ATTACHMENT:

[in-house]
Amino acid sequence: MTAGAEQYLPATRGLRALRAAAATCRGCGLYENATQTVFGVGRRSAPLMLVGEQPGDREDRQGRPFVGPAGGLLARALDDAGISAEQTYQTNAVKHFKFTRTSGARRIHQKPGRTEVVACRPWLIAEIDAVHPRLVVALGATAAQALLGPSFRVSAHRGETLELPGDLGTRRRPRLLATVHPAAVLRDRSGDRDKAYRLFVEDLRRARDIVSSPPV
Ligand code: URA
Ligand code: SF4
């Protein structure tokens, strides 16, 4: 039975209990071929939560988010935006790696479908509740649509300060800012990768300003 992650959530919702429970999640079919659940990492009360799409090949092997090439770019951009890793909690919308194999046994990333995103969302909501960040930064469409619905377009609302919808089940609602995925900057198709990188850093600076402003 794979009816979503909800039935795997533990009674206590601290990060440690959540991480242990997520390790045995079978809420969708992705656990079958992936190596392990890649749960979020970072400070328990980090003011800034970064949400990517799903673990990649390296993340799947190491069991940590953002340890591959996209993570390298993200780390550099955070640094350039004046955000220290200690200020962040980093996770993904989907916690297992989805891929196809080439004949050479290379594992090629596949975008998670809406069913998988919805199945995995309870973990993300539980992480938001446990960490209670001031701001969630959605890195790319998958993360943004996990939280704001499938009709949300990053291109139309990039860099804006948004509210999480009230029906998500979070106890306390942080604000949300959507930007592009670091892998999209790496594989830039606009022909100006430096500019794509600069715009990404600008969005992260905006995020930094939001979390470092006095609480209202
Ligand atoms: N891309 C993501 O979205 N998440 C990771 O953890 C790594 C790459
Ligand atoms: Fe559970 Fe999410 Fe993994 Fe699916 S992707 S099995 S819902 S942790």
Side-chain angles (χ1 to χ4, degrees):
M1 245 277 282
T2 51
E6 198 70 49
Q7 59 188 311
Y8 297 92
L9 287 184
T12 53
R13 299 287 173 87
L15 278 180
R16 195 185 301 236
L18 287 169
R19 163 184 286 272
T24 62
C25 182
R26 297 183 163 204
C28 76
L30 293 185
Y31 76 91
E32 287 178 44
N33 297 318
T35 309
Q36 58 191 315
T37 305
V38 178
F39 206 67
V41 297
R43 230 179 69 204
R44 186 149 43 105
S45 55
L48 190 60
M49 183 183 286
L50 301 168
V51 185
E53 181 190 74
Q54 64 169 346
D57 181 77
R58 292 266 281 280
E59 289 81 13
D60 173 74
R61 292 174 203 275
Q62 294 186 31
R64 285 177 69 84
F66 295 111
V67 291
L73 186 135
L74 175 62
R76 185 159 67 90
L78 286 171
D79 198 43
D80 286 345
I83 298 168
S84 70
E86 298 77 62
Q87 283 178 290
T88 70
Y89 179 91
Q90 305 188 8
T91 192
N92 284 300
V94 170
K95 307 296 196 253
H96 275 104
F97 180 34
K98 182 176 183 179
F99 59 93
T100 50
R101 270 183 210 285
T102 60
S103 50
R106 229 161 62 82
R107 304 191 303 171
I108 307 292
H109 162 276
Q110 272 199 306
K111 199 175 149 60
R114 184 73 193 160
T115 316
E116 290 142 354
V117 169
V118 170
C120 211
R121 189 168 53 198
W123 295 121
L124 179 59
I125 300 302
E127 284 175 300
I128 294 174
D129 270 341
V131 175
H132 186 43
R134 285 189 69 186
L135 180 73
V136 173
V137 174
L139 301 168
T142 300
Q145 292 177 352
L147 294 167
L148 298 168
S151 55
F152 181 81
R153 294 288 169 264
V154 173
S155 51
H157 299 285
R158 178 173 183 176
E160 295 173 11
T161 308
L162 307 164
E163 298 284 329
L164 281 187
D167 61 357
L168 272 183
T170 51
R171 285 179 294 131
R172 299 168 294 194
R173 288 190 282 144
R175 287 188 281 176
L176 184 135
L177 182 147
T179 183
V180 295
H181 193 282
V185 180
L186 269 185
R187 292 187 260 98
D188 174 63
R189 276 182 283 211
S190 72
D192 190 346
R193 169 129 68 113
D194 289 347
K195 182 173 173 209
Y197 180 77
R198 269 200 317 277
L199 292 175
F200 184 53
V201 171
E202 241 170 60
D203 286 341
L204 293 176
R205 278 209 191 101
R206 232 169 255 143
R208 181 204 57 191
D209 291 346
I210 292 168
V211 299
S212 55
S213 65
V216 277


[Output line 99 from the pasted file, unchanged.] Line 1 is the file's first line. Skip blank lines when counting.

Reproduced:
R134 285 189 69 186